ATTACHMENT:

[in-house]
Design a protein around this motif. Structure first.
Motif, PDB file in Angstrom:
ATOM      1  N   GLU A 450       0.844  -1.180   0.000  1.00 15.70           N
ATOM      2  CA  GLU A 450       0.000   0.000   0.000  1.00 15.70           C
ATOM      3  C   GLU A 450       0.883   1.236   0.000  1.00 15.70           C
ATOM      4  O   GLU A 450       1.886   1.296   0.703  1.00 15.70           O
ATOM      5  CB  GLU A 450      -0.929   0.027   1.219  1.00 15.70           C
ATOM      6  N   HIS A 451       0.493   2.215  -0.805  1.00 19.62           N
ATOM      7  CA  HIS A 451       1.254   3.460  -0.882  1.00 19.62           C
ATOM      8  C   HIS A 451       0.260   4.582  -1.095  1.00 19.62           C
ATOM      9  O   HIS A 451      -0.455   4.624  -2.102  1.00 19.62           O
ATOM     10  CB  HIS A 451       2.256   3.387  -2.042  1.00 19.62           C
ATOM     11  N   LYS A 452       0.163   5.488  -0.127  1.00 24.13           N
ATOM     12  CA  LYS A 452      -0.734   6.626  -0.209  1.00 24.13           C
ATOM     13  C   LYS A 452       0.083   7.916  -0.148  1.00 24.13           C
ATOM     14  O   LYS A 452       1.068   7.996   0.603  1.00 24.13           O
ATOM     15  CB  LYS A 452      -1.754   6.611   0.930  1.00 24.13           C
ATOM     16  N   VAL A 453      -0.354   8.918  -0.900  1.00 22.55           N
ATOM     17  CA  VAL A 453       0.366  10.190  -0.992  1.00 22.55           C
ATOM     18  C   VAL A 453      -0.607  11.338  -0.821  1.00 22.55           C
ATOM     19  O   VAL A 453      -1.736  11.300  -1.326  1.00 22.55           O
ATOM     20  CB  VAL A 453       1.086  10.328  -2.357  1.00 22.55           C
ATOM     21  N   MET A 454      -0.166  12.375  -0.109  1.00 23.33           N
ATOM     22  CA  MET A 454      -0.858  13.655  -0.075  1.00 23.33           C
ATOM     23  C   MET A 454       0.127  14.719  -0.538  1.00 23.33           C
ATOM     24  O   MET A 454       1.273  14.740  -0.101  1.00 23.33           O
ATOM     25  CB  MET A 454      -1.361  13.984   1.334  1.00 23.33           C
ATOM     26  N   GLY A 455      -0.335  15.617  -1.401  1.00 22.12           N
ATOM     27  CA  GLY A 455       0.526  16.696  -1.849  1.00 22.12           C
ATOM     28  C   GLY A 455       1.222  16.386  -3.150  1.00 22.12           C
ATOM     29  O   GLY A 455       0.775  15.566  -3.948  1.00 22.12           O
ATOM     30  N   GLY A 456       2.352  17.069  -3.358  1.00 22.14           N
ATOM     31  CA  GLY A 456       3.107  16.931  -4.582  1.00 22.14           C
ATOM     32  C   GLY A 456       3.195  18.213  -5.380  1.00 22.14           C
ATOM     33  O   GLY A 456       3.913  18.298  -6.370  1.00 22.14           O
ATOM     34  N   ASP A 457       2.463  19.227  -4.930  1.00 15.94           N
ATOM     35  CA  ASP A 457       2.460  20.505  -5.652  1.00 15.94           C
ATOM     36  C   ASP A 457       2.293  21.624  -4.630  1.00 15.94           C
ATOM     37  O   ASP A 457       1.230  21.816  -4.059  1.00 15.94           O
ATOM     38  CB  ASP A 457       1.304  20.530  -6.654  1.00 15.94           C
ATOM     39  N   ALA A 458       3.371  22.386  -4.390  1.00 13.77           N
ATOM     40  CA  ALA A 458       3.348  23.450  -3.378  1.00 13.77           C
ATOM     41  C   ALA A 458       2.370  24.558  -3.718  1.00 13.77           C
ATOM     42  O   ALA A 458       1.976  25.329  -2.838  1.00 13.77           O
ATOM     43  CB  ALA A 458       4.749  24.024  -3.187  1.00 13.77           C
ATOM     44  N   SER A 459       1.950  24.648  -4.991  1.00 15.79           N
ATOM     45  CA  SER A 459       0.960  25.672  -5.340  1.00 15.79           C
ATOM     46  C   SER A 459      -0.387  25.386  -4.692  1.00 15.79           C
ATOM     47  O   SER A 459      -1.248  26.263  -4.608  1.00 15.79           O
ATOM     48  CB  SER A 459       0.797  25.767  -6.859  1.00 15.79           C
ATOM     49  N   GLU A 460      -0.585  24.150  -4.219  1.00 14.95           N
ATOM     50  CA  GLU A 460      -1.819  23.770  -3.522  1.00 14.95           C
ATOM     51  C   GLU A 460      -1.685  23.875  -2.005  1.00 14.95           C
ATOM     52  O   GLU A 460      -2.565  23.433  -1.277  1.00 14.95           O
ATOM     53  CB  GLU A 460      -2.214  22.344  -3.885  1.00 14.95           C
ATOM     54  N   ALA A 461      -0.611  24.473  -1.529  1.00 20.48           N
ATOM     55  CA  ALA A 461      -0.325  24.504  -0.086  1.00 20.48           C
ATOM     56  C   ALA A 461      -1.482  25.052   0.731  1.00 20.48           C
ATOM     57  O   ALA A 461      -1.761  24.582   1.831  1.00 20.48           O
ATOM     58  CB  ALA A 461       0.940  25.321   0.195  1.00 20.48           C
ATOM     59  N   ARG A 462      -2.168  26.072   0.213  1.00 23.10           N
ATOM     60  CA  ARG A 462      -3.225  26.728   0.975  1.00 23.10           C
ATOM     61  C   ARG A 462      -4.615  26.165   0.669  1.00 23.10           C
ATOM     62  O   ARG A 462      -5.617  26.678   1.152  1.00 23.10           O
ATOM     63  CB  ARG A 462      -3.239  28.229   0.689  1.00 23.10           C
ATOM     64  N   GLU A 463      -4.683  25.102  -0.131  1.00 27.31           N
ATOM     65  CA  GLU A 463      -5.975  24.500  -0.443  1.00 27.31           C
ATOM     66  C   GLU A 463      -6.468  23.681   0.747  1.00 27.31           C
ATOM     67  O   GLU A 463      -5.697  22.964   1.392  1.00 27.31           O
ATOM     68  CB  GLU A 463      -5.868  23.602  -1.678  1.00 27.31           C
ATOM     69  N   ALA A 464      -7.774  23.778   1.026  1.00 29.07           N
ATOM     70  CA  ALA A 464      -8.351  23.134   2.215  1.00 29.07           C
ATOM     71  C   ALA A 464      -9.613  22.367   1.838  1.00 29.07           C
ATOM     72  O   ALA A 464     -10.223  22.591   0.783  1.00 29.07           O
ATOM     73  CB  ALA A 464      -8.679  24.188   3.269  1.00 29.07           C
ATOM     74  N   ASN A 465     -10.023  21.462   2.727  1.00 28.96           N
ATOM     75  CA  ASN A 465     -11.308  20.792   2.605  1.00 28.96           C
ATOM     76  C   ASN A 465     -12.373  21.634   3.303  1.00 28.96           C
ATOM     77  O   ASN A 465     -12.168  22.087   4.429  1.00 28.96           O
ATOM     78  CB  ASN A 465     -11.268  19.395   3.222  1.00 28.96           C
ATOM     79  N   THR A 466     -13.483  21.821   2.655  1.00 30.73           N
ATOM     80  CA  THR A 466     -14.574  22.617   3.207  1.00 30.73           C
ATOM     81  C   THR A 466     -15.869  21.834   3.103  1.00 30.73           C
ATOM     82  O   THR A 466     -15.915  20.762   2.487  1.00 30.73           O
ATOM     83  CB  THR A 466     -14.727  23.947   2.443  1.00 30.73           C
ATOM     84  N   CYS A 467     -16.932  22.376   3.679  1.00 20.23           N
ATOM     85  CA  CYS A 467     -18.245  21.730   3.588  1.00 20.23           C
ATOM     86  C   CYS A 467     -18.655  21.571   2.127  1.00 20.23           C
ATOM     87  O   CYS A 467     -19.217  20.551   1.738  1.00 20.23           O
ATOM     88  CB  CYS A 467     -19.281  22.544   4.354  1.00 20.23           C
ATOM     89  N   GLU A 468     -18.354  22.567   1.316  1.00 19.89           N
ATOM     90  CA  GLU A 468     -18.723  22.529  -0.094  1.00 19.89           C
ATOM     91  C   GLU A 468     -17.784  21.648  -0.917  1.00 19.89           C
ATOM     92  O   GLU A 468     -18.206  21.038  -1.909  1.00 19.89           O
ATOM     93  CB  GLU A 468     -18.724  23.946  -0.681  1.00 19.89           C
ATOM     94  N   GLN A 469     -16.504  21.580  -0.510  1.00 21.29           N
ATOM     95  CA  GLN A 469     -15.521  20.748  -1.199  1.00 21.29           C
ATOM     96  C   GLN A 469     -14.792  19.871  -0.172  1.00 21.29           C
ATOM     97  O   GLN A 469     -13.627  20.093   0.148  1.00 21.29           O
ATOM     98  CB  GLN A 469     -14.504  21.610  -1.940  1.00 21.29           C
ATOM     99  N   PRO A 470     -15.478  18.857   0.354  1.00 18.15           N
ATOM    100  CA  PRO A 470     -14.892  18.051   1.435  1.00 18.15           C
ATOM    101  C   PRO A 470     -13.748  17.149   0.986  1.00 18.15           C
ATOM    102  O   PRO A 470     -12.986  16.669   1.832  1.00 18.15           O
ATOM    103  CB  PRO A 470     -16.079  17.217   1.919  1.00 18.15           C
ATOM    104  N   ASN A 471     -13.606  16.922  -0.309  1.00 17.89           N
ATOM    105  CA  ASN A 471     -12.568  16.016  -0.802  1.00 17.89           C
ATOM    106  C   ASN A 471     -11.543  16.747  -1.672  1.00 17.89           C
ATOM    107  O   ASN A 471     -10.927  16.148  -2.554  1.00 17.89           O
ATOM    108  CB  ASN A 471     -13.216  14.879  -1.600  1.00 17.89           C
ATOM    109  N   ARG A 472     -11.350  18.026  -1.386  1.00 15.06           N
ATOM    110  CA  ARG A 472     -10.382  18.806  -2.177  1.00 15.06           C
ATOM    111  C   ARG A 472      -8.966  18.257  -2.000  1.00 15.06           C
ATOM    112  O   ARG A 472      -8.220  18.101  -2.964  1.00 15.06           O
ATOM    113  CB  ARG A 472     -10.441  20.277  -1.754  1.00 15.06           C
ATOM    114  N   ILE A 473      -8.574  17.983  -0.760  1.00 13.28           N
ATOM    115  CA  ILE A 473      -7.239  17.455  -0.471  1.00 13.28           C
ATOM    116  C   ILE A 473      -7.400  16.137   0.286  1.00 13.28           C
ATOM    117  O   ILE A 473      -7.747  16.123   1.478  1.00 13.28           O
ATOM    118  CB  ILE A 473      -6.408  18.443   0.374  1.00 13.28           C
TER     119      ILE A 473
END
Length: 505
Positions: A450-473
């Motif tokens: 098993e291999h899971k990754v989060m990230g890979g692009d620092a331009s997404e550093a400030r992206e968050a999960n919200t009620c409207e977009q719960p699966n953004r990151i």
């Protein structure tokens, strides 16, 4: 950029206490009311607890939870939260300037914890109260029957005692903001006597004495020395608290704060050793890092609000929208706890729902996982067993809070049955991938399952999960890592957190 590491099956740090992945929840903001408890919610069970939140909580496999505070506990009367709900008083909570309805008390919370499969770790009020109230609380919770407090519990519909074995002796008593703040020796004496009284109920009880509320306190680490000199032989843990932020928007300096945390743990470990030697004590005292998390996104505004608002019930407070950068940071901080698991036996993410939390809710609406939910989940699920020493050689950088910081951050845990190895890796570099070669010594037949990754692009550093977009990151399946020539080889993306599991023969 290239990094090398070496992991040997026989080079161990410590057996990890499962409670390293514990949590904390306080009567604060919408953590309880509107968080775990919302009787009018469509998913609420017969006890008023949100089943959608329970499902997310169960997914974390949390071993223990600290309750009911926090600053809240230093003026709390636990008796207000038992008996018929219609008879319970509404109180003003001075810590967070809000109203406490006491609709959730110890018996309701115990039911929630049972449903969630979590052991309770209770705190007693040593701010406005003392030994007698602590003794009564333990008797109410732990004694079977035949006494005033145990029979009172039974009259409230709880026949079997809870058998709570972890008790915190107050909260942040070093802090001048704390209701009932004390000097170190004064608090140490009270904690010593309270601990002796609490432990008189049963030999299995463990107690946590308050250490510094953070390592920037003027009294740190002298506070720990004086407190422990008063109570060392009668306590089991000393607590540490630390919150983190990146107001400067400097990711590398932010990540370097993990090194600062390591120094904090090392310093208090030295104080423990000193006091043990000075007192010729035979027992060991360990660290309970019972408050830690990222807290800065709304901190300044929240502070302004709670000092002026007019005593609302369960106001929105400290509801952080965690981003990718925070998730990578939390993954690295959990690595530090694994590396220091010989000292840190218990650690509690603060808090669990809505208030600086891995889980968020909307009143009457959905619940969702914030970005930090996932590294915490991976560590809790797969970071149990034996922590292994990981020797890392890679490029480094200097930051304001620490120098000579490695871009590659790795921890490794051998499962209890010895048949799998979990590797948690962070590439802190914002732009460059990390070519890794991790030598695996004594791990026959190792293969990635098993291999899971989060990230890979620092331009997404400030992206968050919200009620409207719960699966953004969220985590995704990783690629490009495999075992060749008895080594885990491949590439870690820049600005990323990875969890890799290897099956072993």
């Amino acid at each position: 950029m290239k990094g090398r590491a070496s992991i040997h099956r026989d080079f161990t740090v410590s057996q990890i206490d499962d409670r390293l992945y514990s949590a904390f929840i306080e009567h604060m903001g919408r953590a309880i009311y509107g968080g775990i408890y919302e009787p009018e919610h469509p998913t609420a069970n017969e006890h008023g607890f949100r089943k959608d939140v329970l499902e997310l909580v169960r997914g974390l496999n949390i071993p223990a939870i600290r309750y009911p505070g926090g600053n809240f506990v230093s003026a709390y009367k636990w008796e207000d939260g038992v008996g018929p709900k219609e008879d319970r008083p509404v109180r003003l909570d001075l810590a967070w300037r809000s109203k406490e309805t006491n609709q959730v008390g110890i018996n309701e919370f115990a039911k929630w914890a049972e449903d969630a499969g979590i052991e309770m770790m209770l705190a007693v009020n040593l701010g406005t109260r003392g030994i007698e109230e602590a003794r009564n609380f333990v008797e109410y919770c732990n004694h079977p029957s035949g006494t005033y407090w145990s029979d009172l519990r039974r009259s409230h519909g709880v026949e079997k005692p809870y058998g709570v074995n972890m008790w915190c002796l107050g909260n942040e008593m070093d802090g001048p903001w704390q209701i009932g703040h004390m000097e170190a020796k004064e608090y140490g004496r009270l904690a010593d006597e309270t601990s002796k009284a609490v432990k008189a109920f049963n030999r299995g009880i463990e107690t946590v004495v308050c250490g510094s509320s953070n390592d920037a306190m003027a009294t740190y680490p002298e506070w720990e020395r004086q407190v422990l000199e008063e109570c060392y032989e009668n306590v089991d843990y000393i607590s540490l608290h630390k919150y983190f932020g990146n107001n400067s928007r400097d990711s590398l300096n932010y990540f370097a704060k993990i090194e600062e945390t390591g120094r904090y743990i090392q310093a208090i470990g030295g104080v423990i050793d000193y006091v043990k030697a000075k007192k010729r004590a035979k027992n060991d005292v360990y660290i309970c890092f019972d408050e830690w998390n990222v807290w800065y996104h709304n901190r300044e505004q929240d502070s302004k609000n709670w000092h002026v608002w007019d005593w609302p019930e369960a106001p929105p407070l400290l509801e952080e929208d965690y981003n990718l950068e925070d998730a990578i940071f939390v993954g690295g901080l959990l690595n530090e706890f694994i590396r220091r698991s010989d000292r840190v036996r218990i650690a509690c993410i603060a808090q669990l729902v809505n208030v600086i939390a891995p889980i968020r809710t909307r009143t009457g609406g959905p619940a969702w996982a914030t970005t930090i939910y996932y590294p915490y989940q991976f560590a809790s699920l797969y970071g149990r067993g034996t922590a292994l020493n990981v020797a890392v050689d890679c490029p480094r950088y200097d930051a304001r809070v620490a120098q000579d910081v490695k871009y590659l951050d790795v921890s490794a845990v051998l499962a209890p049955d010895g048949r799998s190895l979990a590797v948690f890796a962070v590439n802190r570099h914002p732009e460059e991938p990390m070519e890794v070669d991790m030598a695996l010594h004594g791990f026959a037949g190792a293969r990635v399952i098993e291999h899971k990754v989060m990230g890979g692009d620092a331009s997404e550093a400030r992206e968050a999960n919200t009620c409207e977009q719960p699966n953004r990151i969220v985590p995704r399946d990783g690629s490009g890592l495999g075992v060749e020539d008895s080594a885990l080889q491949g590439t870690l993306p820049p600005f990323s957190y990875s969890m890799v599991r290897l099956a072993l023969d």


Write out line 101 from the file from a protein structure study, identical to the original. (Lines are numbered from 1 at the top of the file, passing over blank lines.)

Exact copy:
ATOM     98  CB  GLN A 469     -14.504  21.610  -1.940  1.00 21.29           C